On April 22, 2019, the Department of State published a final rule setting out procedures that allow consular officers to discontinue granting visas to nationals of a country subject to sanctions under § 243(d) of the Immigration and Nationality Act.
Section 243(d) provides that—when notified by the Secretary of Homeland Security that a foreign country government has denied or unreasonably delayed accepting an alien who is the citizen, subject, national, or resident of that country and is subject to a final order of removal from the United States— the Secretary of State shall order consular officers in that foreign country to “discontinue granting” immigrant visas, nonimmigrant visas, or both to citizens, subjects, nationals, or residents in that country. The Secretary of State imposes these visa sanctions by issuing an order to consular officers that describes the category or categories of visas and applicants subject to discontinuation of visa grants.
Before publication of the final rule, the pertinent regulations made no reference to the option of discontinuation of granting visas pursuant to INA § 243(d). Through issuance of this rule, the Department of State states that it closes the gap and formalizes procedures by which consular officers can discontinue the granting of visas under an order by the Secretary of State. However, the rule, in essence, provides a streamlined method by which the US government can issue blanket sanctions on foreign nationals seeking visas if the country in question has not cooperated with the US government’s immigration enforcement priorities. The rule represents a flexing by the current administration to force the compliance of other countries to its immigration policy.
Presently, INA § 243(d) visa sanctions have been levied on a select number of countries:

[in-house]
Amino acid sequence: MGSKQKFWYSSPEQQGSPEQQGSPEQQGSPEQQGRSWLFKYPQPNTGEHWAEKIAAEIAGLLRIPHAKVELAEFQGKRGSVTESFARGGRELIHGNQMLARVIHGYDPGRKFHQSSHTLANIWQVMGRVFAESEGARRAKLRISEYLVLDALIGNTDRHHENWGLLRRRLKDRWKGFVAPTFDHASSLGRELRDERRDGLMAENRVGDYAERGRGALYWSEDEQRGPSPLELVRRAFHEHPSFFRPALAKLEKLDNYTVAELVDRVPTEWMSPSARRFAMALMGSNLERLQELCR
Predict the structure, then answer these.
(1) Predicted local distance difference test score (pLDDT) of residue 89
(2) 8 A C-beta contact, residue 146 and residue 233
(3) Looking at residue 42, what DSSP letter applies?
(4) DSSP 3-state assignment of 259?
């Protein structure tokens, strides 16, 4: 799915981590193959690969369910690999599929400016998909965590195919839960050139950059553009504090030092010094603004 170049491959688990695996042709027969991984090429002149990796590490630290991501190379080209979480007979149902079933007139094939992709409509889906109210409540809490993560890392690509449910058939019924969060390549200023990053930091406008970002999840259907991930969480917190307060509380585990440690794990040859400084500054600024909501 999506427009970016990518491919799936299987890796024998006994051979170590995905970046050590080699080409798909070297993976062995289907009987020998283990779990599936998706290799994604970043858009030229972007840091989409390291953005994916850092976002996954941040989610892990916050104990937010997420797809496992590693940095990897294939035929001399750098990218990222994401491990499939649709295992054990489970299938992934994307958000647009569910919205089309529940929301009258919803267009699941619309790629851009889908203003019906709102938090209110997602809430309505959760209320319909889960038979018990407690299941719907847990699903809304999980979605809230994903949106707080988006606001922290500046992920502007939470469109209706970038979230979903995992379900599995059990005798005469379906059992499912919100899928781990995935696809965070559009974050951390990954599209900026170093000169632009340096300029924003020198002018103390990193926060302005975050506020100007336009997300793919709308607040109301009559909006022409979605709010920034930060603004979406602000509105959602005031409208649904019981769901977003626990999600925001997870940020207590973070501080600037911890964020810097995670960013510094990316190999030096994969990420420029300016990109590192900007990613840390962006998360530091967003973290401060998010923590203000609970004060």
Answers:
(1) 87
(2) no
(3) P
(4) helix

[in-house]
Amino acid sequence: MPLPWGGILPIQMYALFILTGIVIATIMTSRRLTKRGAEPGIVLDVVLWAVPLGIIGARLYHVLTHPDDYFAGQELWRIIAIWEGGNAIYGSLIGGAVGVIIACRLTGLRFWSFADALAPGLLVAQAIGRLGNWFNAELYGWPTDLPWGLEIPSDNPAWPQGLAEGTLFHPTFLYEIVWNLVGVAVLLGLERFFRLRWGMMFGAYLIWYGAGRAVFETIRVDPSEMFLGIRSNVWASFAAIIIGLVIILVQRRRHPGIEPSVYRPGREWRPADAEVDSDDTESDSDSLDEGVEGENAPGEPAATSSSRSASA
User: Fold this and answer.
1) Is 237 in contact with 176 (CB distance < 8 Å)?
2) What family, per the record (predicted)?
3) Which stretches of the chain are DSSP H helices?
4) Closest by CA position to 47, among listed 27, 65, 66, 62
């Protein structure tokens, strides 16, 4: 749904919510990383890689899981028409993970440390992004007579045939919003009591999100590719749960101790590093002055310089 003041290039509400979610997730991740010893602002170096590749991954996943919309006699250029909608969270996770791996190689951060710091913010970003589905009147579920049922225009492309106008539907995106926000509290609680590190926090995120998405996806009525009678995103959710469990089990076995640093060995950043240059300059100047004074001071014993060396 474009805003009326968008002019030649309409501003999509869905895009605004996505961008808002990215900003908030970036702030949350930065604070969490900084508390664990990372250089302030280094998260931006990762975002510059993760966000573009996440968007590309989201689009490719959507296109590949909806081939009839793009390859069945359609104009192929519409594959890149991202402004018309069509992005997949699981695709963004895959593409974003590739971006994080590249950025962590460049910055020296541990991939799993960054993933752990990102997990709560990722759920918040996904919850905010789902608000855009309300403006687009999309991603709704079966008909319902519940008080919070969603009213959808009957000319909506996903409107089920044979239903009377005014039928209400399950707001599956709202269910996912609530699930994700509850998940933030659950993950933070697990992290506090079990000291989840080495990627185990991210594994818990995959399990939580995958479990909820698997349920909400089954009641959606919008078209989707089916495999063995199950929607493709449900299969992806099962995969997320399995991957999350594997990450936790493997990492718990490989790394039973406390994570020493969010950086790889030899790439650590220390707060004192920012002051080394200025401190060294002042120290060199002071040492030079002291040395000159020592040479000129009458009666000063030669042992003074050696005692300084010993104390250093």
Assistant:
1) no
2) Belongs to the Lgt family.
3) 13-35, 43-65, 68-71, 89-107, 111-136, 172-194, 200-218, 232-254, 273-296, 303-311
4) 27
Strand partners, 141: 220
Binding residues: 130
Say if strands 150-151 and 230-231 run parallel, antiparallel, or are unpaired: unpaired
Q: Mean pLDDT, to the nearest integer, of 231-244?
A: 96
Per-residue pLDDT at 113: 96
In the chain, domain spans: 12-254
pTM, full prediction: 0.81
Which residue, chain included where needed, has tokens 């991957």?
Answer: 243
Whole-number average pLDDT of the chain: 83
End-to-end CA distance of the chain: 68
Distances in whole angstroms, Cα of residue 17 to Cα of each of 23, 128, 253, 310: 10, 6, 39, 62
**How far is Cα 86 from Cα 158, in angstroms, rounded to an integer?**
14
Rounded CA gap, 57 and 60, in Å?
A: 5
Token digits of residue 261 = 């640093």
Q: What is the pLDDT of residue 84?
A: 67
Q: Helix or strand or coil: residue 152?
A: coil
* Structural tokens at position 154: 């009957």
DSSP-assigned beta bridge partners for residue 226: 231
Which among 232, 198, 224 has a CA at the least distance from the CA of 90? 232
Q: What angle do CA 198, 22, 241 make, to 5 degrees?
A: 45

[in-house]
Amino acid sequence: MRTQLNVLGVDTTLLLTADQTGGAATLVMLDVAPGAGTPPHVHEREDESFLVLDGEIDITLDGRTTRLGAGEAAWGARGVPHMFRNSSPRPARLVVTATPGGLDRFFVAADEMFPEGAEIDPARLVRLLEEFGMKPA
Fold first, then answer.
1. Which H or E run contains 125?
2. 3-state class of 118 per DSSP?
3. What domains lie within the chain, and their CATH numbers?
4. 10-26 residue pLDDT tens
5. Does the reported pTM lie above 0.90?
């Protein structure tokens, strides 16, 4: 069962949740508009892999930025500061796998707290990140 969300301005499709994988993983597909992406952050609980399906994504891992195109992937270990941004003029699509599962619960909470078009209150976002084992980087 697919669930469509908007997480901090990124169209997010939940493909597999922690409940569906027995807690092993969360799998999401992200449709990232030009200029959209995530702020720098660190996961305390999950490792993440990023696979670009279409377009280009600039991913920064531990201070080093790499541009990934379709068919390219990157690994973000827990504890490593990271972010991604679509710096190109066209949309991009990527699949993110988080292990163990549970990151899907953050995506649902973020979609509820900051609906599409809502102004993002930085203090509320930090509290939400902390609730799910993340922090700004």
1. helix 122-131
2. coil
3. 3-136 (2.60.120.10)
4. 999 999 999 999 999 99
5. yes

|Cambodia (09/13/2017)||Certain government officials|
|Sierra Leone (09/13/2017)||Certain government officials|
|Eritrea (09/13/2017)||All citizens|
|Burma (07/09/2018)||Certain government officials|
|Laos (07/09/2018)||Certain government officials|
|Ghana (01/31/2019)||To be determined|
However, a recent report issued by the Congressional Research Service summarizes and identifies a larger number of countries that have been identified as either “Recalcitrant/Uncooperative” or “At Risk of Non-Compliance.”
|Thailand||At Risk of Non-Compliance|
|Bhutan||At Risk of Non-Compliance|
|Pakistan||At Risk of Non-Compliance|
|Iraq||At Risk of Non-Compliance|
|Lebanon||At Risk of Non-Compliance|
|Israel||At Risk of Non-Compliance|
|Egypt||At Risk of Non-Compliance|
|Sudan||At Risk of Non-Compliance|
|Ethiopia||At Risk of Non-Compliance|
|Kenya||At Risk of Non-Compliance|
|Uganda||At Risk of Non-Compliance|
|Burundi||At Risk of Non-Compliance|
|Namibia||At Risk of Non-Compliance|
|Nigeria||At Risk of Non-Compliance|
|Togo||At Risk of Non-Compliance|
|Algeria||At Risk of Non-Compliance|
Should diplomatic solutions be exhausted between the United States and any of the above countries in negotiations over repatriation of certain foreign nationals to those countries, we will provide notification of additional visa sanctions in the future.